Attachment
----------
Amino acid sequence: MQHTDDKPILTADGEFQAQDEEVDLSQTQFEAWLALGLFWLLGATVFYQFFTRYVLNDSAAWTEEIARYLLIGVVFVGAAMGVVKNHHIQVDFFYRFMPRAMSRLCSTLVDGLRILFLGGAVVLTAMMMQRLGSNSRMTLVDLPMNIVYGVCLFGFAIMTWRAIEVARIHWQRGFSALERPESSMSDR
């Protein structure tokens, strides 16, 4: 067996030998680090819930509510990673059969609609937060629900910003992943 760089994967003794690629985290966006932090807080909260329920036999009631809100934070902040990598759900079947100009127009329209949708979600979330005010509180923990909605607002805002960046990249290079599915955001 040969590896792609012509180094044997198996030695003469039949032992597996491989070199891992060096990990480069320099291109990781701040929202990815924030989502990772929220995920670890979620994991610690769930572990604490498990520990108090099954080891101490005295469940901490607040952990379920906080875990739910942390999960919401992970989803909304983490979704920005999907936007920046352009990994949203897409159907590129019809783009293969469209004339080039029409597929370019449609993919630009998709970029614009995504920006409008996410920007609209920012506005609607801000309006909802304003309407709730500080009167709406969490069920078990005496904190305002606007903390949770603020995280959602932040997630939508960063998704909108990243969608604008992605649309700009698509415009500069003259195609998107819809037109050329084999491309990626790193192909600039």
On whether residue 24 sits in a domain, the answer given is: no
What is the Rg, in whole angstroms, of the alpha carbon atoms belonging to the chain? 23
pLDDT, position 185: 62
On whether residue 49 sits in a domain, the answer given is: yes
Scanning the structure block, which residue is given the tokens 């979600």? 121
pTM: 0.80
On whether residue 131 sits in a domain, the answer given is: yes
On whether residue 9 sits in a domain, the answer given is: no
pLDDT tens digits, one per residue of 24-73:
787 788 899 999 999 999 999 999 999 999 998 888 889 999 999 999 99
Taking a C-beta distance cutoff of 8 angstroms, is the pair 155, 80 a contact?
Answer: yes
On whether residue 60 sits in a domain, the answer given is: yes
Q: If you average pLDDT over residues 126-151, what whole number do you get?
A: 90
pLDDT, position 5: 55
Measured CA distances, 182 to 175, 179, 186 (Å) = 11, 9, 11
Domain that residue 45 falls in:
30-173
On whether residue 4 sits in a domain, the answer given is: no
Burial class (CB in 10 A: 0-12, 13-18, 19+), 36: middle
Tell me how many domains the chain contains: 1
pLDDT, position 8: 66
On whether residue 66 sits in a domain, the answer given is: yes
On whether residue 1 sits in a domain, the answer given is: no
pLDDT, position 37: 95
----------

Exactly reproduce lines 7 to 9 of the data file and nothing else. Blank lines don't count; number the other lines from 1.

Scanning the structure block, which residue is given the tokens 């979600």? 121
pTM: 0.80
On whether residue 131 sits in a domain, the answer given is: yes